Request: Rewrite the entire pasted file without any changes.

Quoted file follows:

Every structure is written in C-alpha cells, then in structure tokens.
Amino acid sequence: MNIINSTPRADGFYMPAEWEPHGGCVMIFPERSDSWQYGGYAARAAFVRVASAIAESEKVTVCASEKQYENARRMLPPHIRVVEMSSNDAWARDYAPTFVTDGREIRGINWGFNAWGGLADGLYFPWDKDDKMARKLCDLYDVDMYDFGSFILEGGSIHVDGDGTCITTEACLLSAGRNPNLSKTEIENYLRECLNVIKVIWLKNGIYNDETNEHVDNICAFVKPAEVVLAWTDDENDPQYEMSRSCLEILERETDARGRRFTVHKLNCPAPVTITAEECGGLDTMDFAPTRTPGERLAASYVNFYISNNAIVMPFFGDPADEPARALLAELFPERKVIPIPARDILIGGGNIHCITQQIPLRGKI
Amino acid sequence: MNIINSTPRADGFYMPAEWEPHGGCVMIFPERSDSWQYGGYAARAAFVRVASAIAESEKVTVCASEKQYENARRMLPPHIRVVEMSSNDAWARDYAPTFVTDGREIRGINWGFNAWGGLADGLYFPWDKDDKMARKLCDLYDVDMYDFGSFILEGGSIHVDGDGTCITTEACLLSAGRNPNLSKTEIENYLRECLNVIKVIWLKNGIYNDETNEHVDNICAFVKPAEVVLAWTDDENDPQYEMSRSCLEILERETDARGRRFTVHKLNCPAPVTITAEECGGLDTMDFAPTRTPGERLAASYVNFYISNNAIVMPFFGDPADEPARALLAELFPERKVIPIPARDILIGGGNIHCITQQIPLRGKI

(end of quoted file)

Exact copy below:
Every structure is written in C-alpha cells, then in structure tokens.
Amino acid sequence: MNIINSTPRADGFYMPAEWEPHGGCVMIFPERSDSWQYGGYAARAAFVRVASAIAESEKVTVCASEKQYENARRMLPPHIRVVEMSSNDAWARDYAPTFVTDGREIRGINWGFNAWGGLADGLYFPWDKDDKMARKLCDLYDVDMYDFGSFILEGGSIHVDGDGTCITTEACLLSAGRNPNLSKTEIENYLRECLNVIKVIWLKNGIYNDETNEHVDNICAFVKPAEVVLAWTDDENDPQYEMSRSCLEILERETDARGRRFTVHKLNCPAPVTITAEECGGLDTMDFAPTRTPGERLAASYVNFYISNNAIVMPFFGDPADEPARALLAELFPERKVIPIPARDILIGGGNIHCITQQIPLRGKI
Amino acid sequence: MNIINSTPRADGFYMPAEWEPHGGCVMIFPERSDSWQYGGYAARAAFVRVASAIAESEKVTVCASEKQYENARRMLPPHIRVVEMSSNDAWARDYAPTFVTDGREIRGINWGFNAWGGLADGLYFPWDKDDKMARKLCDLYDVDMYDFGSFILEGGSIHVDGDGTCITTEACLLSAGRNPNLSKTEIENYLRECLNVIKVIWLKNGIYNDETNEHVDNICAFVKPAEVVLAWTDDENDPQYEMSRSCLEILERETDARGRRFTVHKLNCPAPVTITAEECGGLDTMDFAPTRTPGERLAASYVNFYISNNAIVMPFFGDPADEPARALLAELFPERKVIPIPARDILIGGGNIHCITQQIPLRGKI